Nohara Tadashi’s Directing Debut ‘Third Time Lucky’ Is No Beginner’s Luck

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Nohara Tadashi is one of only two Japanese directors with films in the Tokyo International Film Festival’s main competition section. “Third Time Lucky” is his first theatrical feature.

Born in 1983 and a 2009 alumnus of the Graduate School of Film & New Media, Tokyo University of the Arts, Nohara is no industry newcomer. He served as assistant director on “Passion,” the 2008 graduation project of fellow film student and now widely celebrated Hamaguchi Ryusuke.

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After co-directing another student film, “Elephant Love,” Nohara worked as AD for a satellite broadcaster and as a production manager for a CG production company. After moving to Kobe in Western Japan, he directed a short, “talk to remember,” that screened at the Hiroshima International Film Festival in 2015.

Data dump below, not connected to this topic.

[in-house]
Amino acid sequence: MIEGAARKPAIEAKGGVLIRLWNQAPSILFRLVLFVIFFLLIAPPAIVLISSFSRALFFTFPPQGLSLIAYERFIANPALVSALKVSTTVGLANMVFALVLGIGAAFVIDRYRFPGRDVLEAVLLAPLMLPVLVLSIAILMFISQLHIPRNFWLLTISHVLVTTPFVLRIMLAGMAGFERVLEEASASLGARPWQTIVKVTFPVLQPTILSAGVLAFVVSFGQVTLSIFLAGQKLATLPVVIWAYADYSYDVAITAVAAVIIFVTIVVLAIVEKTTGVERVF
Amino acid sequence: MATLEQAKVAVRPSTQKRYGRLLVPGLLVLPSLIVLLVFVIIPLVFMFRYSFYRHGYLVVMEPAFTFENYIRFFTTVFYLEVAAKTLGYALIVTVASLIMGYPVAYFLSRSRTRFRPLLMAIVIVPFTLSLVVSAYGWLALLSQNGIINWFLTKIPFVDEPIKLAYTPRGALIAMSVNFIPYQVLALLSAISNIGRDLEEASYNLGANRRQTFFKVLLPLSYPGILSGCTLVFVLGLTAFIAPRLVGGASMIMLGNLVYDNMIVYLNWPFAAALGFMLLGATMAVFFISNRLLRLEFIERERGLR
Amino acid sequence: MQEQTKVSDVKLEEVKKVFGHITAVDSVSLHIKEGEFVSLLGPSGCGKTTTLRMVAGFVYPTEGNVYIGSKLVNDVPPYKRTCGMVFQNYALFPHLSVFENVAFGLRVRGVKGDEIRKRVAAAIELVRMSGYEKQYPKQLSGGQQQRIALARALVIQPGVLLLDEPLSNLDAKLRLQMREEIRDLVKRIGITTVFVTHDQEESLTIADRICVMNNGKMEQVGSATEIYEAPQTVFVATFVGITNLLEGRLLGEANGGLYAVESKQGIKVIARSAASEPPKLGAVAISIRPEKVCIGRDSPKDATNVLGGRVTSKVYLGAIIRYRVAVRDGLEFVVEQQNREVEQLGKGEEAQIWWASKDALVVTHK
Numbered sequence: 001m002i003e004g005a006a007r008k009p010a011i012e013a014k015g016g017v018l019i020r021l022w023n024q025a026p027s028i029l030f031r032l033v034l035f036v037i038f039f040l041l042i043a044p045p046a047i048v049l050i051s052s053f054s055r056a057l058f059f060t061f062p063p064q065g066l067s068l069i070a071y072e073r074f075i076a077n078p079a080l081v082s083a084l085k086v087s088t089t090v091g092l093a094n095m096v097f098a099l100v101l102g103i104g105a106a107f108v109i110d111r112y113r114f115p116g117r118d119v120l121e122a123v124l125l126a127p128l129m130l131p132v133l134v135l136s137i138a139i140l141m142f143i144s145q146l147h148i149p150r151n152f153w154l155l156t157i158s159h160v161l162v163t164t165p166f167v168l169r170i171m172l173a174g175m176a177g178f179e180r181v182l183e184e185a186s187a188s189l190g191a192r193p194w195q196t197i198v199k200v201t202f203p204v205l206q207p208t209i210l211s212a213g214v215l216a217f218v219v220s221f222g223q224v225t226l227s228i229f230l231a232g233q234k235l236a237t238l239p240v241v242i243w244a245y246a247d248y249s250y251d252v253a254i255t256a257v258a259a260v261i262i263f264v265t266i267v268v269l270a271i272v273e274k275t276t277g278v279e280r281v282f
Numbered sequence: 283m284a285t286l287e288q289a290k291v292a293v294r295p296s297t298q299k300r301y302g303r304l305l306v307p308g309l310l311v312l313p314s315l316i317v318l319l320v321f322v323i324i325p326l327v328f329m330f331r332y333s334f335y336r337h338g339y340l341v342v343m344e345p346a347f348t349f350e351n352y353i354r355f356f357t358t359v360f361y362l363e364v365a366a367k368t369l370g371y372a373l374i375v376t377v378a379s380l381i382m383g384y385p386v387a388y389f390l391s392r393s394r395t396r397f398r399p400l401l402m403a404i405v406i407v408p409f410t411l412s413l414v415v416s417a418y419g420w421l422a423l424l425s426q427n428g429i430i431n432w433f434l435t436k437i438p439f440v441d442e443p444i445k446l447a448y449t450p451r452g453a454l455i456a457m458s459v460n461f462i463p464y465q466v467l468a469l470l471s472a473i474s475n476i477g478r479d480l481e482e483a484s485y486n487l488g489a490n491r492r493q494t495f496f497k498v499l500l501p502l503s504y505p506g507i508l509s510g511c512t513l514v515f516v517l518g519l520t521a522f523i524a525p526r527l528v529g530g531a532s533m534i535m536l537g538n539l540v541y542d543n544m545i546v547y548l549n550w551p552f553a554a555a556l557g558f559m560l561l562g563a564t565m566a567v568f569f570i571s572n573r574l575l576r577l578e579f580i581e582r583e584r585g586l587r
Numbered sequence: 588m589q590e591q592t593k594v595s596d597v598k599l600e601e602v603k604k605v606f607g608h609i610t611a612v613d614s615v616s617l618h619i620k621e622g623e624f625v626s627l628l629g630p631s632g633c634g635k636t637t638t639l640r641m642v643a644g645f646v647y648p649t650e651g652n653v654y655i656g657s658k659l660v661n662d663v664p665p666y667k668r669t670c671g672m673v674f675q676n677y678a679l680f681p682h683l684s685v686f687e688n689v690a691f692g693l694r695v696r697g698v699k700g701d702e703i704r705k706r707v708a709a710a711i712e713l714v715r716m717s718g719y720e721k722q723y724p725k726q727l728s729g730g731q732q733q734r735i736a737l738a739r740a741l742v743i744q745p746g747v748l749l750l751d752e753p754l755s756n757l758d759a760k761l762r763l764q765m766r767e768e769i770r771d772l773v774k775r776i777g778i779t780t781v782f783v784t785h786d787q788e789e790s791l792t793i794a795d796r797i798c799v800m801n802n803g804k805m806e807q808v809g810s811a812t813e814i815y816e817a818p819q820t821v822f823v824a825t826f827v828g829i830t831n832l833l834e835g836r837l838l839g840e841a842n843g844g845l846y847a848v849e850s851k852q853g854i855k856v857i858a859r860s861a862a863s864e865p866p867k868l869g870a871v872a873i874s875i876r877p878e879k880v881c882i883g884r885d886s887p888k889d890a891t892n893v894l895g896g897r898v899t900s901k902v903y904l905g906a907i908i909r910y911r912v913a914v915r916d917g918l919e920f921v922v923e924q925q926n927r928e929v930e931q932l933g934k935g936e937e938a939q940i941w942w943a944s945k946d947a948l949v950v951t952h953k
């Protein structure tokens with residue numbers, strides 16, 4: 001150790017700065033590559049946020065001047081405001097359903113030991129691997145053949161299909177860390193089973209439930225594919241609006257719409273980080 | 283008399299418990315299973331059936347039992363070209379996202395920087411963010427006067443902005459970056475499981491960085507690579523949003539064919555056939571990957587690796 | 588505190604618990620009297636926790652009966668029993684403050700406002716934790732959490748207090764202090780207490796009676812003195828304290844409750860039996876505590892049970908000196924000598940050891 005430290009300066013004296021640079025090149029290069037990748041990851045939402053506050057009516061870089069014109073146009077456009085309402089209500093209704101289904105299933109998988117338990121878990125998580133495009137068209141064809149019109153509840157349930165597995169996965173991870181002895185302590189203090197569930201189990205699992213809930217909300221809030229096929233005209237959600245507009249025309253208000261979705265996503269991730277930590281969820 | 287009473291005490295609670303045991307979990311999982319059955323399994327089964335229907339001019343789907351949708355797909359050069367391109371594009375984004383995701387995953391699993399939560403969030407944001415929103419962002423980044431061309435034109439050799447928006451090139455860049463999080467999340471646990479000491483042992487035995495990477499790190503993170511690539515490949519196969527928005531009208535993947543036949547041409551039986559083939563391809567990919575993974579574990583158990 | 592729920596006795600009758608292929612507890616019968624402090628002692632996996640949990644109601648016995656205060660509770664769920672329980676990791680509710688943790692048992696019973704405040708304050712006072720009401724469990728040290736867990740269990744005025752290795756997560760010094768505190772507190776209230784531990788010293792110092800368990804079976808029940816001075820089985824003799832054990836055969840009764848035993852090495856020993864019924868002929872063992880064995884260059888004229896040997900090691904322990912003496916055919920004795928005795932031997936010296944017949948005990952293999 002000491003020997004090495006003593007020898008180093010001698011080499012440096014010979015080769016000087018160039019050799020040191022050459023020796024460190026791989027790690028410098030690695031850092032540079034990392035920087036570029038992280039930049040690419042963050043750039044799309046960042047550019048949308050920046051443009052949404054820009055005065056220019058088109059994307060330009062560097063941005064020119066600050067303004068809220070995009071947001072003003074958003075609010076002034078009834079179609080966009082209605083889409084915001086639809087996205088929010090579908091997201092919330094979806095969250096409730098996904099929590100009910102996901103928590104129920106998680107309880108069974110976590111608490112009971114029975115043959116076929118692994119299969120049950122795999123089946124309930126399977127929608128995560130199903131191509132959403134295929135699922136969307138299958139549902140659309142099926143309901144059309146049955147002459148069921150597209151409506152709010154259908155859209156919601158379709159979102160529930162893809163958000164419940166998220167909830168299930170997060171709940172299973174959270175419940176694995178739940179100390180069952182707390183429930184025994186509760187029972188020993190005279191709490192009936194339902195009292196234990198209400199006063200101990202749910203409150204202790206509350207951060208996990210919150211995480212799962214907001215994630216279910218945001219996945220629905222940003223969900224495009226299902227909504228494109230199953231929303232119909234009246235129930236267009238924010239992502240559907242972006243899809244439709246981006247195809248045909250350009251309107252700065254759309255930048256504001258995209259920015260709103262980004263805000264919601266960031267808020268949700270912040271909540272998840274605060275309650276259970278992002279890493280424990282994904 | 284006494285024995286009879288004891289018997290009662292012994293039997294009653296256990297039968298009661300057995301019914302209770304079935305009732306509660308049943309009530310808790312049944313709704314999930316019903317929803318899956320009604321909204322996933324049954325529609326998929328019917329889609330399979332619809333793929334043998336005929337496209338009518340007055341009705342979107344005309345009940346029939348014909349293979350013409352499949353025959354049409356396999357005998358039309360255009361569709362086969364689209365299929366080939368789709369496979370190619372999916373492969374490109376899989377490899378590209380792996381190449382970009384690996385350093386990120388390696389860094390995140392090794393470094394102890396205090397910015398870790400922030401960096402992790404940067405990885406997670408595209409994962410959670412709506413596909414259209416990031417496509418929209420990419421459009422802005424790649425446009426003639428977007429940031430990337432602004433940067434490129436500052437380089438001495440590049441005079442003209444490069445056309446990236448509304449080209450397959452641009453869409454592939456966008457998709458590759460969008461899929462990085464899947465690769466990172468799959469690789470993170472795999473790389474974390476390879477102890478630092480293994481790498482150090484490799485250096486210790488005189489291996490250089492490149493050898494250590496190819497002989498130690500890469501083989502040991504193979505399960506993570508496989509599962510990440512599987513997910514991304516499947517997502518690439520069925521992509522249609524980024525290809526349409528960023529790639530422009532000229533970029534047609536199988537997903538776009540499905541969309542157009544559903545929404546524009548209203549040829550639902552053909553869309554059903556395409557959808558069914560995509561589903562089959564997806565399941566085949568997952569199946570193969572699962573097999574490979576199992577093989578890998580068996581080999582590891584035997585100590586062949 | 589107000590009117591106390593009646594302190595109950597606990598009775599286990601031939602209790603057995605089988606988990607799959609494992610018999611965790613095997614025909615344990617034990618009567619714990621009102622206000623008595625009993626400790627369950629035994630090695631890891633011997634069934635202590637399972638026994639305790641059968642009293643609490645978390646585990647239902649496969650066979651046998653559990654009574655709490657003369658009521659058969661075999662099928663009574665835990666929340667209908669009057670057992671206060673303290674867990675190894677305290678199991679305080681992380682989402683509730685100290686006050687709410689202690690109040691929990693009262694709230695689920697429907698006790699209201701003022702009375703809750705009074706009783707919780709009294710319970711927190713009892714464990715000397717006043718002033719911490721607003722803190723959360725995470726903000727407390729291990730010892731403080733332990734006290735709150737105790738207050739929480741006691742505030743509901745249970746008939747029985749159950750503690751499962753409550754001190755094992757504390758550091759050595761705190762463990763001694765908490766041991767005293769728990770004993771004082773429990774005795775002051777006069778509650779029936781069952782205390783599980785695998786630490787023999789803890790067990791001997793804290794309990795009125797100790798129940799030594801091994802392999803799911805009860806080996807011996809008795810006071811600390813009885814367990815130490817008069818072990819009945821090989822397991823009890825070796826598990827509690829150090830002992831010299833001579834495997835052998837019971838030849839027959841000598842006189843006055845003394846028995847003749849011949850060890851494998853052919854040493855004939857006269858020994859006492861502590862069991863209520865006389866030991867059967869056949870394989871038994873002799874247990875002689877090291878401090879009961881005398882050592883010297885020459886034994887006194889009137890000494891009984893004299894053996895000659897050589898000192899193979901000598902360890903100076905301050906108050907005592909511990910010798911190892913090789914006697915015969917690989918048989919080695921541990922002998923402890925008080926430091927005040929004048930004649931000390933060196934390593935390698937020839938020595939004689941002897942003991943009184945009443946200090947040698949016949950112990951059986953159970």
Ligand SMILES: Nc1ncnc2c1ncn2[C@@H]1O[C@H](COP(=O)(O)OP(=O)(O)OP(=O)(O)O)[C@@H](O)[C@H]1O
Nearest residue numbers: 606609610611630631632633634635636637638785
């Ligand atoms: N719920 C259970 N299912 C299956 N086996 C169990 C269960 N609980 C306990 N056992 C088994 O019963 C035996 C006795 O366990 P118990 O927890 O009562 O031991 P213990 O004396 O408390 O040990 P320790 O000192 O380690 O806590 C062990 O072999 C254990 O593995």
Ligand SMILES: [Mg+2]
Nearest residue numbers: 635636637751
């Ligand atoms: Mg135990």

His big professional break, however, was Hamaguchi’s “Happy Hour,” a 2015 ensemble drama that Nohara co-scripted with the director and one other writer. Premiering at Locarno, where its four leads won a collective best actress award, the film earned raves from critics and a shelf full of prizes. Hamaguchi and Nohara next co-wrote the script for “Wife of a Spy,” the WWII suspenser by Kurosawa Kiyoshi that won the silver lion at Venice in 2020.

Hamaguchi went on make the Berlin silver bear winner “Wheel of Fortune and Fantasy” and the Cannes best screenplay award winner “Drive My Car.” Now, perhaps, it is Nohara’s turn.

Japanese film director Nohara Tadashi. - Credit: Neopa Inc.
Japanese film director Nohara Tadashi. - Credit: Neopa Inc.

Neopa Inc.

For “Third Time Lucky,” Nohara cast “Happy Hour” star Rira Kawamura as his lead, playing a lonely woman who tries to find human connection as she battles mental illness. In a statement Nohara said Kawamura “has an overflowing strength and the sincerity in her voice.” “The film has something in common with ‘Happy Hour’ in that I wanted to photograph people, but I think it has a different flavor,” he said.

And as in “Happy Hour” his setting is Kobe, a port city with a strongly international flavor. “Kobe, where mountains, sea and city compactly co-exist, was as attractive as ever,” Nohara said.

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